The EC's analysis of what would be a response proportional to need is made more difficult by the fact that pharmaceutical legislation is not harmonised across the EU, though harmonising internet trade is a current focus. While counterfeit products are ordered online, the EC cannot assume that the internet is therefore a dangerous medium for trade, even of medicines. Safe medicines are also traded legally and securely online everyday. In any case, a total ban on a particular activity is the toughest legislative action possible, and is therefore one of the most unlikely to be achieved in the international trade of any goods.

The watchword on the lips of those with legal and political power is proportionality - ie, fitting the punishment to the crime. Earlier this year, four men conspiring to sell fake medicines were convicted and sentenced at Kingston Crown Court in the UK; altogether they were given 14.5 years in the clink and Mick Deats, head of enforcement at the MHRA and the brains behind its new anti-counterfeits strategy, was there to see them go down, warning others that the full force of the law will be used to protect the UK's patients.

In other parts of Europe, however, the imitation of medicines is not even acknowledged to be a crime, but seen by some as nothing worse than a 'misdemeanour' and treated more as a breach of a manufacturer's trademark than a dangerous and immoral criminal act warranting court appearances and jail sentences. At the other extreme, a life sentence in prison awaits those convicted of counterfeiting in India, while in China one can still face the death penalty. This disparity is a focus of attention for the EC in ensuring that legislative action, in Europe at least, is proportional and appropriate whereupon it is brought to bear.

In spite of his tempering a discernible fervour by delegates for new or amended law, Dr Terberger emphasised that the EC is proactively creating a market environment that is safe, secure and which protects the quality of products for the public, as well as the profit margins necessary for pharma's future innovations.

Findings from the EC and MHRA's respective analyses of the problem (and its solutions) will be made known in due course from 2008, the EC's study informing future European policy and the MHRA setting out recommendations for the government.

Chief in the war against counterfeiters for every Member State is collaboration - mainly international intelligence sharing - between stakeholders. In the first instance, this necessitates a thorough appraisal of European drug supply and distribution protocols with regard to patient safety.

The system is currently far from secure, with myriad trade routes opened up through the legal practice of parallel pharmaceutical trade (PPT) but with little or no concerted effort by an official pan-EU authority to get a firm grip on the spreading invasion of counterfeit products.

Until greater achievements are made in forming a unified European pharmaceutical market, the disjointed and, in part, feebly regulated supply of medicines enabling the manipulation of trade lines across Member State borders will continue to jeopardise patient safety. This is one of several powerful assertions made in a new report, European Patient Safety and Parallel Pharmaceutical Trade - a potential public health disaster?, written by Dr Jonathan Harper and presented in partnership with the European Alliance for Access to Safe Medicines (EAASM) to European Parliament (EP) in late November.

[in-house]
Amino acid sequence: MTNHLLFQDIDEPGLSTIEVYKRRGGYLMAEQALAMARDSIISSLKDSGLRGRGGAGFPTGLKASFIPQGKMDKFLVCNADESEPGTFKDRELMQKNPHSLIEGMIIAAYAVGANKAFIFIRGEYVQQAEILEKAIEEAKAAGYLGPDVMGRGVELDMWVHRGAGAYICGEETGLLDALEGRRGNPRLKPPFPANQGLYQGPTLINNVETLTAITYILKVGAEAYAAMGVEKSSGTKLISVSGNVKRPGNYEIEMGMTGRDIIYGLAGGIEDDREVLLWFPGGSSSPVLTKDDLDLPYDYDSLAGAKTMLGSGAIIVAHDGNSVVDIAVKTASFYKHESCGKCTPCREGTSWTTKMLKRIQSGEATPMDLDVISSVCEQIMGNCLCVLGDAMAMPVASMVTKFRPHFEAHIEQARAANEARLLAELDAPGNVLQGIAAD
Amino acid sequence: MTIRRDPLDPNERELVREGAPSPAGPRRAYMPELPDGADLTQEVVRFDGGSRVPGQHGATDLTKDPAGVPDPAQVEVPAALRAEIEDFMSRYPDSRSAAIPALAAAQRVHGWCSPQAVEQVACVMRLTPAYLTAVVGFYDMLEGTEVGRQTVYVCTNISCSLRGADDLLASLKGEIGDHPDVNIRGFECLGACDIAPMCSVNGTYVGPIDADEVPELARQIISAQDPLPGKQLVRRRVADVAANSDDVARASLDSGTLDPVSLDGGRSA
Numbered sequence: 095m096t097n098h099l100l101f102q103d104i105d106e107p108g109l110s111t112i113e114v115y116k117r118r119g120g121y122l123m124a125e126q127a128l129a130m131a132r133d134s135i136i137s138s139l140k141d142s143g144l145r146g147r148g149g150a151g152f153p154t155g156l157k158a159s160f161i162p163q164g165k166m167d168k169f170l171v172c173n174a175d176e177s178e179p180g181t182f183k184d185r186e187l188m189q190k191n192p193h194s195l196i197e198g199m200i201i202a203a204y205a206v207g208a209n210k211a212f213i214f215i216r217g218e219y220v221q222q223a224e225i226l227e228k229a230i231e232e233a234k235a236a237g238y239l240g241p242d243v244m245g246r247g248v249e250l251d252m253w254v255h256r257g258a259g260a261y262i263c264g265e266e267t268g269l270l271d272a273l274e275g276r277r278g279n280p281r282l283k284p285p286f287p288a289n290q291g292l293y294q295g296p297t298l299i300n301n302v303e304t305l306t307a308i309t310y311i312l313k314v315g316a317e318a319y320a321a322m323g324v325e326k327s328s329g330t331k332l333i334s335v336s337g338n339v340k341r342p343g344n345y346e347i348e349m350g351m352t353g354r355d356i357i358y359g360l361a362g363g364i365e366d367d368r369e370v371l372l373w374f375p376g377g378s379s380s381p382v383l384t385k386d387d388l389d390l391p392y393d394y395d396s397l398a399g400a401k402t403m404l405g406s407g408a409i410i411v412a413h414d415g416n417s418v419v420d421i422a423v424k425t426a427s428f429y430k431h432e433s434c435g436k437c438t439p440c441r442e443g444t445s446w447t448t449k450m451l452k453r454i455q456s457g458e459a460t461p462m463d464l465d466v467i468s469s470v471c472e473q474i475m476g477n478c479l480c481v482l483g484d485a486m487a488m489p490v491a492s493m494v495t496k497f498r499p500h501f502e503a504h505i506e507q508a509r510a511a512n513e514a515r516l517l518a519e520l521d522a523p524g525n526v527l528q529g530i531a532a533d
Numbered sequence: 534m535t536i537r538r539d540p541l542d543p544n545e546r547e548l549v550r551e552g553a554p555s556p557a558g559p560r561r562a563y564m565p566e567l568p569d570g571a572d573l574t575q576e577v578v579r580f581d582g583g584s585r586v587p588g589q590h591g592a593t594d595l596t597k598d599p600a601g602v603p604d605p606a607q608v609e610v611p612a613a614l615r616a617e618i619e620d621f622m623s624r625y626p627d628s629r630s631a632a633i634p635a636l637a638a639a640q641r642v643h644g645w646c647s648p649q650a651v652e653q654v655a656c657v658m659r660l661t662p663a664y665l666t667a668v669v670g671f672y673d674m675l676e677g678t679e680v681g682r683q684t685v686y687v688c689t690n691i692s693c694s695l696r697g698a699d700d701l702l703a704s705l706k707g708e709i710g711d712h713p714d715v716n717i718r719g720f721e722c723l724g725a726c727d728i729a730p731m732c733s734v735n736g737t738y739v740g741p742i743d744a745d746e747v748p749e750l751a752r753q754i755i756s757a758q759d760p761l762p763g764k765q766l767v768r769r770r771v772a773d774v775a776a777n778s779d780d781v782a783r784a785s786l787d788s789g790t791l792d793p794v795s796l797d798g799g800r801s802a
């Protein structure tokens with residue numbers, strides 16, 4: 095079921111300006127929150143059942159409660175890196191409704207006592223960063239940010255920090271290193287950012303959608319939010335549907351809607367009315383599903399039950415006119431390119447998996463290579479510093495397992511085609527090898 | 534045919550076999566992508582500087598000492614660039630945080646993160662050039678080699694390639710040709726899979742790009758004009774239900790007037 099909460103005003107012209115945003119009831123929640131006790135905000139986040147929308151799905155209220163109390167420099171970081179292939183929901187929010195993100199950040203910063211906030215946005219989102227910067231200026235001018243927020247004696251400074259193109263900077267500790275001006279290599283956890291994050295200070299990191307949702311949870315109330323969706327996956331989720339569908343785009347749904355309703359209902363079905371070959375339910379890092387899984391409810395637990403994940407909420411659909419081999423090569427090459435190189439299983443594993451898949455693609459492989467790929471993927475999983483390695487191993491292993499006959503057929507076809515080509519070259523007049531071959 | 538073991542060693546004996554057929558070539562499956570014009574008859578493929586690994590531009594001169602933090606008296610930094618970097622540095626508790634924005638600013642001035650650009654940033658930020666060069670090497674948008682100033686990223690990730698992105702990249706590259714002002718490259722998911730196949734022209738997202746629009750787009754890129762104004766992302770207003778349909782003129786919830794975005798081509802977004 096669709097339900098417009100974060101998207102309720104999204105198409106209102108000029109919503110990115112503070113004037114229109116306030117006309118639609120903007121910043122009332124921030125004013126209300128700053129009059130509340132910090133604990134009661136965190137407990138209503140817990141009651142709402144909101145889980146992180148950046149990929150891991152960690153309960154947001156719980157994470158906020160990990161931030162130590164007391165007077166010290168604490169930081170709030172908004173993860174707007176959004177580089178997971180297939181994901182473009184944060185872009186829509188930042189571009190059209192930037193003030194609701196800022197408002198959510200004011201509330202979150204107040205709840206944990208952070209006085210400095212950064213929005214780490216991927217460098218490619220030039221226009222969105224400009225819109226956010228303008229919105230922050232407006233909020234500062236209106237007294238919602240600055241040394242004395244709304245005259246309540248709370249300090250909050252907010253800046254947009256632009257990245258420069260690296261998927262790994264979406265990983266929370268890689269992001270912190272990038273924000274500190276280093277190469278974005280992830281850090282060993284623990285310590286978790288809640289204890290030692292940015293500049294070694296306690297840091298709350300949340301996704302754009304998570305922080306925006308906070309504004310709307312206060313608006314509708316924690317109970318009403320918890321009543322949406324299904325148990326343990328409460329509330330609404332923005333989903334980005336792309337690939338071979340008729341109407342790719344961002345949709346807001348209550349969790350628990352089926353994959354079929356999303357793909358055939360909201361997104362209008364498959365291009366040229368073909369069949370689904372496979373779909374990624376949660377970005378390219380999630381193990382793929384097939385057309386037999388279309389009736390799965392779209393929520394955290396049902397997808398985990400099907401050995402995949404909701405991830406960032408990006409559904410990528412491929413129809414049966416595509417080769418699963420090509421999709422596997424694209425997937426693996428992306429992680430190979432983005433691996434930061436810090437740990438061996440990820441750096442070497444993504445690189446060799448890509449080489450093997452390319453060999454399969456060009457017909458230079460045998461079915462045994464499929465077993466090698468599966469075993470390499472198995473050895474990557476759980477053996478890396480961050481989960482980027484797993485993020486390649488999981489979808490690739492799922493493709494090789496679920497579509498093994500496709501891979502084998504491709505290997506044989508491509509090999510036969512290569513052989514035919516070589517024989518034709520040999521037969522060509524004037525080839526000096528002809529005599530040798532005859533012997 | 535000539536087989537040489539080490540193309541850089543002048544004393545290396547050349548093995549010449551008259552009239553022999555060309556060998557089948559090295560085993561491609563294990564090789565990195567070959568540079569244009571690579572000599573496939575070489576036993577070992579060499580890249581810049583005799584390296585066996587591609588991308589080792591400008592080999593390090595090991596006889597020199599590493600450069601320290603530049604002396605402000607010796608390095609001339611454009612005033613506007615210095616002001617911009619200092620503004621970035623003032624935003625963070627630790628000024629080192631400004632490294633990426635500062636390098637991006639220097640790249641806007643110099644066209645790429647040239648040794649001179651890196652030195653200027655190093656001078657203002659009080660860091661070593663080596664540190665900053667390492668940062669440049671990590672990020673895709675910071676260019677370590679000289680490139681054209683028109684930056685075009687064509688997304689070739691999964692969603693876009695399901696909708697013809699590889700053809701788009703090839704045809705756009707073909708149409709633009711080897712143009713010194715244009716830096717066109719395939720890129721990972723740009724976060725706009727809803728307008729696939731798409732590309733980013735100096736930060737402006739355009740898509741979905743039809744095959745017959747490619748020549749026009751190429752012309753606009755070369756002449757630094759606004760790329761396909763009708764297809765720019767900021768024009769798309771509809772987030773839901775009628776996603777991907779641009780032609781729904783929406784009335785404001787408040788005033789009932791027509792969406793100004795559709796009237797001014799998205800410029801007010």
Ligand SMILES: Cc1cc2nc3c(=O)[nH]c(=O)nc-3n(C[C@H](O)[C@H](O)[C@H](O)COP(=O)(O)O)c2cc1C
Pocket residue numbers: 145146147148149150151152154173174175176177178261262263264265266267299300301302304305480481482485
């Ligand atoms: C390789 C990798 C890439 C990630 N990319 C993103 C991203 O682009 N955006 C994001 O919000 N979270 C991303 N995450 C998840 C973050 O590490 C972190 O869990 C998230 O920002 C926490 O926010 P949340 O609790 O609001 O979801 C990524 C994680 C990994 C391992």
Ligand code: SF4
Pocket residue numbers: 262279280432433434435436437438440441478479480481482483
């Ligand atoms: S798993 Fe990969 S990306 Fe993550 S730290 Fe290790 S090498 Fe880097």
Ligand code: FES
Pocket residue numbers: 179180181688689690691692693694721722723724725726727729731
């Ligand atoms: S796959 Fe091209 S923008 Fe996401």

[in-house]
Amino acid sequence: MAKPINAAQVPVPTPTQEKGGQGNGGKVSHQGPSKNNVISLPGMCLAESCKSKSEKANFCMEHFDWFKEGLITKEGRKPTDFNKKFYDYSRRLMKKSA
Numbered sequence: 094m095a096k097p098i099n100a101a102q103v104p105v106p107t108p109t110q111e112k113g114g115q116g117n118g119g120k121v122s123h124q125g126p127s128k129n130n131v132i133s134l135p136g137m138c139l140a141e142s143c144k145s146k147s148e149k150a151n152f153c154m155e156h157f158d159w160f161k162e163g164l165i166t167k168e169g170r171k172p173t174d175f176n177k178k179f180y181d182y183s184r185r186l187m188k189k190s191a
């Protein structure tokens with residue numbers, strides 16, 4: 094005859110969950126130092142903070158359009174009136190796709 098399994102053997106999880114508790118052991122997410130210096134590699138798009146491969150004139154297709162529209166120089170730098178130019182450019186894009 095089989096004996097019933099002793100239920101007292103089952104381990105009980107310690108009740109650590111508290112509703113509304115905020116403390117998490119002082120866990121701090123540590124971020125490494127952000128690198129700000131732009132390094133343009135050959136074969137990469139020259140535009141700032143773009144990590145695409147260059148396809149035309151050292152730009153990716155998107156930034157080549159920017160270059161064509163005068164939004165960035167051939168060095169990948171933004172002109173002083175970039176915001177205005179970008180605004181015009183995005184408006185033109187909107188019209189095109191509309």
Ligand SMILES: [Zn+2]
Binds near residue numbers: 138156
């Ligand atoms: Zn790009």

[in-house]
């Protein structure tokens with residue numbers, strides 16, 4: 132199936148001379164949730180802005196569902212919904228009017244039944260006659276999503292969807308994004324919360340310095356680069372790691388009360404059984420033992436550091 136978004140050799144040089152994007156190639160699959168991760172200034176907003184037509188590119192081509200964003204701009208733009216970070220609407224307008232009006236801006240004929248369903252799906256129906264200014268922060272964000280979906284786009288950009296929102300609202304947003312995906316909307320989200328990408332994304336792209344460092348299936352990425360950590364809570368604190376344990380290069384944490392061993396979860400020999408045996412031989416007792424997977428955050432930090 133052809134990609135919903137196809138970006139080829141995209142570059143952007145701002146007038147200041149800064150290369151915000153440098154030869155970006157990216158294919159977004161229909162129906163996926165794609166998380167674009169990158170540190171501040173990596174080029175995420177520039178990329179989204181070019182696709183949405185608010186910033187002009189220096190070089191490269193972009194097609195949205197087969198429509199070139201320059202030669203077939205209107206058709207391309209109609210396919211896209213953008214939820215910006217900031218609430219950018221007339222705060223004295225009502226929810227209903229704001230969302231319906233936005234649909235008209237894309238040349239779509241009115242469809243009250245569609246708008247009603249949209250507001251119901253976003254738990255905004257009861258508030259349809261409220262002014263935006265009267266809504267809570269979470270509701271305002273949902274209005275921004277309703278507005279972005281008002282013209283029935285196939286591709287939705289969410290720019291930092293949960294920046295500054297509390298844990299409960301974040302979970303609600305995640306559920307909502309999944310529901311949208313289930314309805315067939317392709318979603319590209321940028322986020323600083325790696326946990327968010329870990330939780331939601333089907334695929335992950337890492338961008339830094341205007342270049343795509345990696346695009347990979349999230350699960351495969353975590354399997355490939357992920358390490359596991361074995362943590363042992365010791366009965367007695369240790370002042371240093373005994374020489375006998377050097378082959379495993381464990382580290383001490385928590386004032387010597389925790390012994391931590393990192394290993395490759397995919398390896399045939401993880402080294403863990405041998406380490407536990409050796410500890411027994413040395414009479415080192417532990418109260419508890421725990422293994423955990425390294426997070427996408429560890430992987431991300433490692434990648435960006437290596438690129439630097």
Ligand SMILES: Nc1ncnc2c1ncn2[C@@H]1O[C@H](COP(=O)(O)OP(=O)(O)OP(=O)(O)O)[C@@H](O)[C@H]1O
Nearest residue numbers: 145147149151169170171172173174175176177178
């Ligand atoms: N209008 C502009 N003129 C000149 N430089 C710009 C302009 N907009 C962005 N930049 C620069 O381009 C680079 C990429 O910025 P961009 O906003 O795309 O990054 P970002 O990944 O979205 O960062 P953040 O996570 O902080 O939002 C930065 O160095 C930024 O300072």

he author, a UK-trained medic who subsequently completed an MBA and spent several years working for the EC, conducted a broad analysis of Europe's drug trade and distribution practices, focusing in particular on the intertwining of PPT with the direct manufacturer trade lines - something he argues is, in its current guise, an incongruous mix being exploited increasingly by organised international counterfeiting operations.

At the EP, Pharmaceutical Marketing asked Bill Newton Dunn, MEP, whether Europe's current regulatory provision is sufficient to deal with the problem: Existing laws are certainly not enough. Also needed is better cross-border enforcement against the criminal gangs - which means, as far as I can see, creating an FBI for Europe. We need a new way of fighting them; they cross borders, so we need police who can also cross borders.

The Harper report draws 10 conclusions on patient safety in Europe plus a further 15 specifically on PPT, from which the author has distilled eight recommendations around the practice and concept of PPT and a further 12 specific challenges regarding PPT and supply chain security. In short, PPT takes a heavy blow in terms of its contribution, or otherwise, to patient safety.

Quick to defend its practices is the European Association of Euro-Pharmaceutical Companies (EAEPC), the body for parallel traders. Secretary general Heinz Kobelt comments: This report is not about supply chain security but about attacking legitimate competition. If the EAASM was concerned about patient safety, their report would focus on the real threats to public health. He contends that the author's alarmist arguments were without substance behind their claims. Further, referring to the report as black propaganda, Dr Kobelt is keen to emphasise that it was a parallel trader's discovery of a counterfeit batch which led to the MHRA taking protective action earlier this year.

Jim Thomson, EAASM founder and CEO for the Centre of Mental Health, countered that as the Alliance is registered as a community interest company, its activities must be for the public good. The Harper report contains a plethora of findings, conclusions and recommendations, but I think the key finding is that the concept that PPT benefits patients is fallacious. The four most recent counterfeit prescription medicines that reached UK patients via the legitimate supply chain all entered via parallel trade routes. That is not propaganda, black, grey, pink-and-white polka dot or otherwise.

Stuart Hurst, director of EU government and public affairs at Pfizer, defended the staunch but comparative minority involvement (to patient groups, MEPs and other non-funding bodies) of pharma with the EAASM. Pfizer is willing to support all initiatives that will lead to improved safety in the European supply chain. The EAASM keeps full control of its objectives and the independent research and expertise it commissions. Dr Harperís report, for instance, was independently written and represents his expert view.

For the new MHRA strategy and the Harper report, contact respectively: and

The Author
Rob Skelding is a freelance pharmaceutical journalist

10th December 2007